California insurance law firm Gianelli & Morris has filed a class-action lawsuit against Northwestern Mutual Alleging Unlawful Practices
LOS ANGELES, CALIFORNIA, UNITED STATES, November 16, 2021 /EINPresswire.com/ — On November 12, 2021, the California insurance law firm Gianelli & Morris filed a lawsuit in federal district court in California, setting forth allegations of unlawful conduct regarding how Northwestern Mutual allows its life insurance policies to lapse for nonpayment of a premium. The complaint seeks declaratory relief as well as money damages for breach of contract and violation of California’s Unfair Competition Law. The case is Cheri Poe v. Northwestern Mutual Life Insurance Company (case number 3:21-cv-01924-LAB-RBB).
Court papers document that the named plaintiff in this case, Cheri Poe, is a beneficiary of two life insurance policies issued in 2001 and 2002 for $700,000 and $400,000, respectively. The plaintiff’s husband, the insured, died in April 2018. Prior to his death, the monthly premium payment on the policies for December 2017 was not paid due to an apparent bank error. When the plaintiff notified Northwestern Mutual about her husband’s death, she was told that no coverage was in effect and that the company would not allow a claim for benefits under the policies.
The complaint alleges that Northwestern Mutual failed to follow California law in allowing the policies to lapse and denying coverage. The complaint cites two provisions of the California Insurance Code, sections 10113.71 and 10113.72, which require insurance companies to provide a 60-day grace period for nonpayment of premiums. The statutes further require insurers to mail a notice of termination for nonpayment within 30 days of the premium due date and at least 30 days before the termination date. Finally, these laws require the insurance carriers to annually notify policy owners of their right to designate a person to receive notices of nonpayment or to change their designee.
According to the complaint, Northwestern Mutual did not follow the requirements of California law outlined above and claimed it did not have to follow that law because the life insurance policies were issued before 2013 when the laws when into effect. In response, the plaintiff’s complaint cites the California Supreme Court opinion in the case of McHugh v. Protective Life Insurance Company (12 Cal. 5th 213), which held these statutes “apply to all life insurance policies in force when these two sections went into effect, regardless of when the policies were originally issued.”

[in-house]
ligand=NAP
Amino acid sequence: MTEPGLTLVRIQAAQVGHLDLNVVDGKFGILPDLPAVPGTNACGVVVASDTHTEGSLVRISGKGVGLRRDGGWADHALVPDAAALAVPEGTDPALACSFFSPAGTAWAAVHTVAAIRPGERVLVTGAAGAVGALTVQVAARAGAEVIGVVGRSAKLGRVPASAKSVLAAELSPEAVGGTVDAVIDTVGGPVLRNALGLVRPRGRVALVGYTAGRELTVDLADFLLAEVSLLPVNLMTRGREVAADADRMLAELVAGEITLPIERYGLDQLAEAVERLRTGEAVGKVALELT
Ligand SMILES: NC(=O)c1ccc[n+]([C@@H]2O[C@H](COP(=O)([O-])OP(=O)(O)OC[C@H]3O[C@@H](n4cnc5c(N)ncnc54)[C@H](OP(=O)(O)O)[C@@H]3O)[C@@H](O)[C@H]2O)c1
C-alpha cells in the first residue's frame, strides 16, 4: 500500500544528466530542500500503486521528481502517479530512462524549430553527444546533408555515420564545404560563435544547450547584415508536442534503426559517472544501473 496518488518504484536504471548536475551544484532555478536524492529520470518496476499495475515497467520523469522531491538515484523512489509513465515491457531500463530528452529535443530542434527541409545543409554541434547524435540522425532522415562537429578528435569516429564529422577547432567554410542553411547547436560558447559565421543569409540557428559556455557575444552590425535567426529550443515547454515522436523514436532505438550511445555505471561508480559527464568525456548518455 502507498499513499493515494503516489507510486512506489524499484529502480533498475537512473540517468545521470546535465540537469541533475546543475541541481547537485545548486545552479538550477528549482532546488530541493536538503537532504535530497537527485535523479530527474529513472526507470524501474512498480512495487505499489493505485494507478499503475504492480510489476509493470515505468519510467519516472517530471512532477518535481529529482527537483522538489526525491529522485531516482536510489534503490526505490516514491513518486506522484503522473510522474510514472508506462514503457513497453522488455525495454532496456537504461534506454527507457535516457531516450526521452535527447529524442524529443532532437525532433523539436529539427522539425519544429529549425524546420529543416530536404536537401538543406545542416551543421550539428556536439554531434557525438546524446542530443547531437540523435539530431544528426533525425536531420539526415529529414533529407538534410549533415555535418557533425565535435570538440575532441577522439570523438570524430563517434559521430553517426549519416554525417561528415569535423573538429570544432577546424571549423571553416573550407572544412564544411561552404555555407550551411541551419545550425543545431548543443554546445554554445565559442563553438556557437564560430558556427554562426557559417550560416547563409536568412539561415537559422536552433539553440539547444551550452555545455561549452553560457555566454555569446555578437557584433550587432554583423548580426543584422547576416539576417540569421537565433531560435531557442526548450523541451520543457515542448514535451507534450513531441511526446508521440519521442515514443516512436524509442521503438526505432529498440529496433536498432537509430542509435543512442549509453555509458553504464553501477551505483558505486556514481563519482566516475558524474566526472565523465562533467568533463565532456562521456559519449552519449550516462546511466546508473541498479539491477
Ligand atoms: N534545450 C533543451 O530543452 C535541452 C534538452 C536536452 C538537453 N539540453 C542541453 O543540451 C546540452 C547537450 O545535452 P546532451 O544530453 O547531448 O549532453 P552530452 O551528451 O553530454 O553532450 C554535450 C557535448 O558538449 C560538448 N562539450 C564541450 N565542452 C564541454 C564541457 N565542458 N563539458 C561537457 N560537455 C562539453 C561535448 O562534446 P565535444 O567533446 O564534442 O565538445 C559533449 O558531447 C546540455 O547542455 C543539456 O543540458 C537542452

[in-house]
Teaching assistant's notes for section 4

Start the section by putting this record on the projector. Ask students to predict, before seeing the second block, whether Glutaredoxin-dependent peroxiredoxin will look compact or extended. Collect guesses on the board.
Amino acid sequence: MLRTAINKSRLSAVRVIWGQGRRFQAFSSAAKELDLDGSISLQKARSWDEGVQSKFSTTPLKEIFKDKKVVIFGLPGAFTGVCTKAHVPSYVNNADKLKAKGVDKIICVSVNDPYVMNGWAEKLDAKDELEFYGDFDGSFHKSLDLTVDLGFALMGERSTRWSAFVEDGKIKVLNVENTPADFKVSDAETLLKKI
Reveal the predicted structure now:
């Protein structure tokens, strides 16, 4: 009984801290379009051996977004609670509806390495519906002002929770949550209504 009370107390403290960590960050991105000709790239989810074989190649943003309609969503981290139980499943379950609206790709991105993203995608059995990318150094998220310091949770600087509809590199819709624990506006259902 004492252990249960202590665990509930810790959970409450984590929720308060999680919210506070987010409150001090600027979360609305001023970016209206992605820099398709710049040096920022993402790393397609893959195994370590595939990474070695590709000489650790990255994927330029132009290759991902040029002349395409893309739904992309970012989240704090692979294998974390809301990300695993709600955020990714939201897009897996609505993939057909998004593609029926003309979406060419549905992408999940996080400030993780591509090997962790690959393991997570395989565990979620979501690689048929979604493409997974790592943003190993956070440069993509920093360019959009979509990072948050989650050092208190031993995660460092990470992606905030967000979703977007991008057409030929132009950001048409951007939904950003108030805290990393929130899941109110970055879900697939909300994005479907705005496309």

This case has been filed as a class-action complaint on behalf of the plaintiff and all other persons who were designated as beneficiaries under Northwestern Mutual life insurance policies that were issued before January 1, 2013, and terminated for nonpayment of a premium due on or after January 1, 2013, and where the deaths of the insureds occurred within four years of the filing of this action while the policies were in a terminated status. The complaint seeks benefits due under the policies plus interest and attorney fees, as well as money damages under California’s Unfair Competition Law (Business & Professions Code section 17200) which prohibits unlawful and unfair business acts and practices. The complaint also seeks a declaration by the court of Northwestern Mutual’s obligation to provide notices of nonpayment in accordance with current California law for policies issued prior to 2013.
“The laws were passed in 2013 because seniors and those with significant health problems can miss a premium payment and lose a life insurance policy they have paid on for years,” said Rob Gianelli, lead attorney for the class. “Northwestern Mutual ignored its responsibility to follow the law for policies, has allowed policies to lapse without proper notice, and has failed to pay numerous death claims for deaths occurring while the policies were in lapse. This lawsuit will allow the beneficiaries of those policies to recover the benefits due them.”
Source: EIN Presswire